Emotion memory was first spoken of by the French psychologist Théodule Ribot, who called it “affective memory.” Constantin Stanislavsky [the "father" of method acting] explained this “affective” or “emotion memory” as the kind of memory that makes a person relive all the sensations he felt when faced with a certain situation. Emotion memory can fill him anew with the feelings of that moment, even though these feelings may have long before sunk into his subconscious. These are memories in their most pure, distilled form. Time simmers them just as a sauce simmers on the stove until excess liquid is gone and all that remains is potent, blended flavor.

A friend of mine once told me of cleaning her kitchen after baking on a hot summer day. When all the pans and utensils were washed, she flicked on the garbage disposal. A familiar smell wafted from the sink, a smell caused by the combination of items she’d used in the baking – oranges and cloves and cinnamon. In an instant, that smell transported my friend to Christmas – the remembrance of oranges and applies stuck with cloves, bobbing in hot cider. That rich, sweet, heady scent filled her mind with scenes of celebrating the season with family – the joy of opening presents, the frustration of awaiting her turn in the bathroom, the biting cold of caroling house-to-house, the sadness of saying goodbye at the airport. The emotions of the season in their vibrant colors, the deep meaning of the Christmas celebration –- all these memories released themselves from my friend’s subconscious, sweeping her in one instant from a hot summer kitchen to Christmas. Merely because of a smell.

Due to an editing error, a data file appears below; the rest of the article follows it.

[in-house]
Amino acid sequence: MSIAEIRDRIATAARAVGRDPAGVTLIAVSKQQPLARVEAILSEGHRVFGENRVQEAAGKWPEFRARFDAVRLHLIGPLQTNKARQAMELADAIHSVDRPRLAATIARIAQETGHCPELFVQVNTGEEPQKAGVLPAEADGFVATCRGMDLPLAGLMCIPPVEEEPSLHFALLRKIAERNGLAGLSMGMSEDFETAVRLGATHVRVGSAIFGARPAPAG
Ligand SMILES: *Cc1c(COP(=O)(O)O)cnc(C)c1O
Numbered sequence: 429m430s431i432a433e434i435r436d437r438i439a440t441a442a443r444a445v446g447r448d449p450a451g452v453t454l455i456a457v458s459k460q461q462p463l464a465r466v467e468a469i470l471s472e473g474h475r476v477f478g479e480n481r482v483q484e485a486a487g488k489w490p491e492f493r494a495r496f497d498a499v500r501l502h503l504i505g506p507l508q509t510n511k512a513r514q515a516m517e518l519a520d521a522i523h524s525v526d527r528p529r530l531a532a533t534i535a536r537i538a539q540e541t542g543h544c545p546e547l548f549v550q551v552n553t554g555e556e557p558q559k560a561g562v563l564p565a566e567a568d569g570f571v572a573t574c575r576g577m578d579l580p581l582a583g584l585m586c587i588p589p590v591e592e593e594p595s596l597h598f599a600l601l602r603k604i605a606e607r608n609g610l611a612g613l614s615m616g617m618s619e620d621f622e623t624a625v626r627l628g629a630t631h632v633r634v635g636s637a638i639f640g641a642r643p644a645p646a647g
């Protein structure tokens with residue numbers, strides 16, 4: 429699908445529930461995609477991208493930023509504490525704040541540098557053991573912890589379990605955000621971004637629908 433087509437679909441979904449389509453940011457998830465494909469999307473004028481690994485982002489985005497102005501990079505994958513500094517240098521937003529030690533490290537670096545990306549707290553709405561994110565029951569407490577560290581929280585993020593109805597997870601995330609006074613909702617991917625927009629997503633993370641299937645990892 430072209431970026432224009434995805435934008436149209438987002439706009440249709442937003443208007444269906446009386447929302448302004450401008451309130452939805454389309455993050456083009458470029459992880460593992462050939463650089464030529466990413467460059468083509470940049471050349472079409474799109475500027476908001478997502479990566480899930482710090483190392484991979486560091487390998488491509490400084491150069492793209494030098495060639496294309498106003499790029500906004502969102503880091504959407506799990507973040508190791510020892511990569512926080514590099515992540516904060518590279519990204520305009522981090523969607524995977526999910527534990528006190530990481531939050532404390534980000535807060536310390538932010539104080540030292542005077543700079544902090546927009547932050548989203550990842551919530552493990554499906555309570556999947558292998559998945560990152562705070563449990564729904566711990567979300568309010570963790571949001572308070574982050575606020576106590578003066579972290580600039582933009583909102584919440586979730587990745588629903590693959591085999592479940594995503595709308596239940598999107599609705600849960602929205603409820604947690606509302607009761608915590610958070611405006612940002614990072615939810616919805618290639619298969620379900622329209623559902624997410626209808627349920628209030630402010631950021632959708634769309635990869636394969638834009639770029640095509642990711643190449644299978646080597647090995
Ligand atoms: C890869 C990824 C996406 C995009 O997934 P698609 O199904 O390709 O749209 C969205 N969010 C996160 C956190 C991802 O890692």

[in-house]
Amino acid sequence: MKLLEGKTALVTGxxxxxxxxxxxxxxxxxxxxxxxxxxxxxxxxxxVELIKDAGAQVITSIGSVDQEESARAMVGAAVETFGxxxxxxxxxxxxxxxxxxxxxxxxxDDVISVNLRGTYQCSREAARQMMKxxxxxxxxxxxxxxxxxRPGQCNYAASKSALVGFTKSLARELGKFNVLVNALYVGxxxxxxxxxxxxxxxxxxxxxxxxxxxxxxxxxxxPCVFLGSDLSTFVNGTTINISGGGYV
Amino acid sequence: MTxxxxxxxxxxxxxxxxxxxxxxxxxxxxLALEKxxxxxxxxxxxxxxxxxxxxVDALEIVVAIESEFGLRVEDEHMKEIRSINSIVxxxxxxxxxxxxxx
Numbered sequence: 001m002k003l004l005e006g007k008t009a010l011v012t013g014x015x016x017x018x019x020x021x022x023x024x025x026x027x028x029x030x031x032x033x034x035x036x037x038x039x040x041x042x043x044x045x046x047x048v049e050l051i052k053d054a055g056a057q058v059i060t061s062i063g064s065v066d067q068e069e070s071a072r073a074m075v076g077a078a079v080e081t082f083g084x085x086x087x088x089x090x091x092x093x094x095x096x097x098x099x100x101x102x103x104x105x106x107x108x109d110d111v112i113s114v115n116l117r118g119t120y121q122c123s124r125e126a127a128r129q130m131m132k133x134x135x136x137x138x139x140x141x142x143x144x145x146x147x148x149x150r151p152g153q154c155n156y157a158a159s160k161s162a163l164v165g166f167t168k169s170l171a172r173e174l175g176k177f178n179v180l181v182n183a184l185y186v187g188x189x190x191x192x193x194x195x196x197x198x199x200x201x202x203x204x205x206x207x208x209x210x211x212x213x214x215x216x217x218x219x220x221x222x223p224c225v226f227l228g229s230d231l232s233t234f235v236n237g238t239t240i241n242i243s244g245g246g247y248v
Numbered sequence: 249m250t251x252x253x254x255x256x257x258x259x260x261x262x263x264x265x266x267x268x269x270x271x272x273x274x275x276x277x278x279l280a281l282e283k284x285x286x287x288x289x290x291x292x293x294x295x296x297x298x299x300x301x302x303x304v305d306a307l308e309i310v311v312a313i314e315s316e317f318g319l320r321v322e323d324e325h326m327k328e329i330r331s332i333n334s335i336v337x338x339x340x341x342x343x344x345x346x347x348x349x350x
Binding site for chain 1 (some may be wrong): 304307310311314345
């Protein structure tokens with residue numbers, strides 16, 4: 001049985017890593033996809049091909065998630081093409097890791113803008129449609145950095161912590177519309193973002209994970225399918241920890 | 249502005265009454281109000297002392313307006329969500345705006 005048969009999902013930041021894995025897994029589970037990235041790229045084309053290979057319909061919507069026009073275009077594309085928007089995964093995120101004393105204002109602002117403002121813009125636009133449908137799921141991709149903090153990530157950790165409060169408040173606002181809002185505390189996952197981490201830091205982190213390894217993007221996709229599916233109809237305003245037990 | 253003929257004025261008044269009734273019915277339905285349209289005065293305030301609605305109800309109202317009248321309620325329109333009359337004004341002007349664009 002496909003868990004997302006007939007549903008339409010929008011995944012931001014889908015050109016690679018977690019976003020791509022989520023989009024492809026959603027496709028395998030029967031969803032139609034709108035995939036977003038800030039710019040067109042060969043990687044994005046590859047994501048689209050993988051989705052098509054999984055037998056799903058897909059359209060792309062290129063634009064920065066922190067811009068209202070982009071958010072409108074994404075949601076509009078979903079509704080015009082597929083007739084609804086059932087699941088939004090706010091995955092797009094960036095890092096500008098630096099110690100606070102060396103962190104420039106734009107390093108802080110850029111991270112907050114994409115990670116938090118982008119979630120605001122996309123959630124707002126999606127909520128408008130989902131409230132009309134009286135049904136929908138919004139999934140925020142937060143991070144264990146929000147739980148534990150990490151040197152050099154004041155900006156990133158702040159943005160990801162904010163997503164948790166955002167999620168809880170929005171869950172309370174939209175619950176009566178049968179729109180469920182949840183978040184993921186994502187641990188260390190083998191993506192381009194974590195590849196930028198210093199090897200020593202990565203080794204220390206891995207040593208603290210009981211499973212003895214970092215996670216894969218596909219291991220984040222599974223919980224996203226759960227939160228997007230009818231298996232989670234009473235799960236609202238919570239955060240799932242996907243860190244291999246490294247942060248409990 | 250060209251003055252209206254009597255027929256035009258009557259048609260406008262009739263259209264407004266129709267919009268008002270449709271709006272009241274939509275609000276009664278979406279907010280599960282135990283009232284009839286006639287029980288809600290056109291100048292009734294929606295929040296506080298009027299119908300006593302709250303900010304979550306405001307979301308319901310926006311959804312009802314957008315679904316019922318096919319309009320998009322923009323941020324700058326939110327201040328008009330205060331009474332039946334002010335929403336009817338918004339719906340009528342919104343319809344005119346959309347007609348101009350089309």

Any one of our five senses, or any combination of them, can release vivid memories like this one from our subconscious. The problem is, we can’t count on such serendipitous moments to trigger the emotions we need to feel while writing a certain scene. As we all know, emotions have minds of their own. They are often fleeting, teasing, no more than vague, ghost-like impressions.

“Our artistic emotions,” Stanislavsky told his students in An Actor Prepares, “are at first as shy as wild animals, and they hide in the depths of our souls. If they do not come to the surface spontaneously, you cannot go after them and find them. All you can do is concentrate your attention on the most effective kind of lure for them.”

Because we need them, and they don’t always appear at will, we have to learn how to access them. Through conscious effort, we can tap into our emotion memory, causing subconscious feelings to rise to the surface, much as a well-digger taps into a hidden spring, and suddenly fresh water bubbles forth.

When we learn to access our emotion memory, two wonderful results occur in our writing ...

Tomorrow--Part 2: Tapping Into Your Emotion Memory

Taken from the chapter on Emotion Memory in Getting Into Character: Seven Secrets a Novelist Can Learn From Actors.

Read Part 2


Sheila Deeth said...

Neat article. Interesting advice.